Yes, it's counter-intuitive.

But there is almost no question that companies looking to protect their most valuable interests - typically their client lists and employee roster - are much better-served by narrowing - rather than expanding - the non-solicit and non-compete clauses in their employment agreements.

Please, don't take my word for it; just read this decision that was handed down from a Suffolk County trial court a few years back.

Why Narrowing - Rather Than Expanding - Your Non-Competes/Non-Solicits Better Protects Your Business

In RMS Holdings v. Fujita, the plaintiffs - defendants' former employers - sought damages for breach of the defendants' employment agreements, claiming that defendants had violated their non-solicits and non-competes (or, in legalease, "restrictive covenants") by forming a competing insurance agency that attempted to poach the plaintiff's' other employees and, more importantly, clients.

The defendants promptly moved to dismiss the complaint, arguing that the plaintiffs were missing some key elements to their claims, including 1) the plaintiffs' clients were readily discoverable, and thus, not a "trade secret"; and, 2) the plaintiffs did not even claim that the defendants had engaged in any "wrongful acts" that induced any of plaintiffs' clients to break their agreements with plaintiff, and therefore, could not be held liable for tortious interference with contract.

What the Trial Court Did

Justice Pines of Suffolk County denied the defendants-employees'  motion to dismiss their former employer's claims.  In fact, that branch of the employees' motion seeking to dismiss the employer's request for an injunction, i.e., an Order barring them from continuing their solicitation of the plaintiff's clients and current employees, was denied as well.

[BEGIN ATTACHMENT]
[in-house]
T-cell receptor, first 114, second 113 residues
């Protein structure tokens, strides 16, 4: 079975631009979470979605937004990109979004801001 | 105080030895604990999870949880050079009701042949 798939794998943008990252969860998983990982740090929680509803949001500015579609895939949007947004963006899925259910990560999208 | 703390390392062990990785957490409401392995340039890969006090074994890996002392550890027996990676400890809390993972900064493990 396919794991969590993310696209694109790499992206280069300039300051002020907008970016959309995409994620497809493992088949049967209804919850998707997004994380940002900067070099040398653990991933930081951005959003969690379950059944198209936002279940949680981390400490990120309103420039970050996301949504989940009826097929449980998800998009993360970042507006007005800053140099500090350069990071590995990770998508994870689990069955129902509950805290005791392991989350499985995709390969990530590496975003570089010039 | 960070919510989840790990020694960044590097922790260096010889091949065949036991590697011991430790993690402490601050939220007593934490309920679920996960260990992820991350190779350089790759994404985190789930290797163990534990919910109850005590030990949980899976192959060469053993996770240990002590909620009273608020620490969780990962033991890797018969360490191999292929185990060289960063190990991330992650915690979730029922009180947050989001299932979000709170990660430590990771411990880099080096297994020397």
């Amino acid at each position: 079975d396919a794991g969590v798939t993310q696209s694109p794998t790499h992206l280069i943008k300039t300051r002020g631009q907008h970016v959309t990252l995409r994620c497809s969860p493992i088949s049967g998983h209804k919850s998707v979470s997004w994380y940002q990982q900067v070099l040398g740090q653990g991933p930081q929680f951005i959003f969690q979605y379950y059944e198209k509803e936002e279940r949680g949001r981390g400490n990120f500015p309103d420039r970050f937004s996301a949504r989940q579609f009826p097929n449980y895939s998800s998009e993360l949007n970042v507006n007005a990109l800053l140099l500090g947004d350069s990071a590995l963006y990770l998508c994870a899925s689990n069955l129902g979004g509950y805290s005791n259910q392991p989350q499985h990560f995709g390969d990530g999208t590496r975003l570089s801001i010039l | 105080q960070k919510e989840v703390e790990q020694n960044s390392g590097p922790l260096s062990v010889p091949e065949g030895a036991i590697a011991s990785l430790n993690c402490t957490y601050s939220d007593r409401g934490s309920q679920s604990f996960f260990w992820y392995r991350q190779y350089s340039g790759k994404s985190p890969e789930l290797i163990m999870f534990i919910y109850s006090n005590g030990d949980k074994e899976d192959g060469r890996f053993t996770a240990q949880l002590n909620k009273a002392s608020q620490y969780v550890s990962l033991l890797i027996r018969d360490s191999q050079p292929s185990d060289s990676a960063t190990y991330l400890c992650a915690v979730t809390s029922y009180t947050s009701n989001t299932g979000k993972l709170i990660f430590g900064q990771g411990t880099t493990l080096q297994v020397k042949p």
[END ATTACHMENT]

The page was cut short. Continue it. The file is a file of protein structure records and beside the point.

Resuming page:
And yes, both prongs of the motion were denied - despite what appears to be some meritorious defenses raised by the defendants-former employees.

The Significance of the Trial Court's Decision - & What Smart Companies Should Learn From It

The significance of this decision should be apparent:

Although New York's courts generally look to invalidate non-compete agreements, in this case the Court went out of its way to hold that the plaintiffs' claims should survive dismissal (at least at this introductory stage of the commercial litigation) because the non-solicitation agreement that the defendants-employees signed was not overly broad, and was legitimately tailored to protect the plaintiff-employer's proprietary interests.

To that end, the trial court stated as follows:

"It is undisputed that defendants executed the employment agreements which contained the restrictive covenants, which, essentially, limited them from soliciting any of plaintiffs’ customers or employees for a period of one year (for Fujita and Wahl), and two years (for Luhrs). The Complaint alleges that defendants actively solicited RMS customers and employees in violation of the agreements and restrictive covenants contained therein. The Court finds that the restrictive covenants were narrowly tailored to protect plaintiffs’ legitimate business interests and neither prevent fair competition nor defendants’ ability to earn a living. Moreover, the allegations that defendants formed a competingcorporation while employed by RMS and contacted plaintiffs’ customers are sufficient to state a cause of action for tortious interference with business relations."
In other words, despite missing (what may be considered) critical elements to their case, the Court chose to overlook them because the plaintiffs crafted the employees' agreements narrowly - limiting them to protecting the company's legitimate business interests.

A Final Takeaway

There is an unsung "hero" in all this - the person at the company who acted wisely - and probably paid a little more money up front - to have a competent attorney draft their non-compete agreements. That modest investment a few years back likely saved them untold sums of money years later, when litigation became necessary to protect their company's vital interests.

Jonathan Cooper
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Non-Compete, Trade Secret and School Negligence Lawyer
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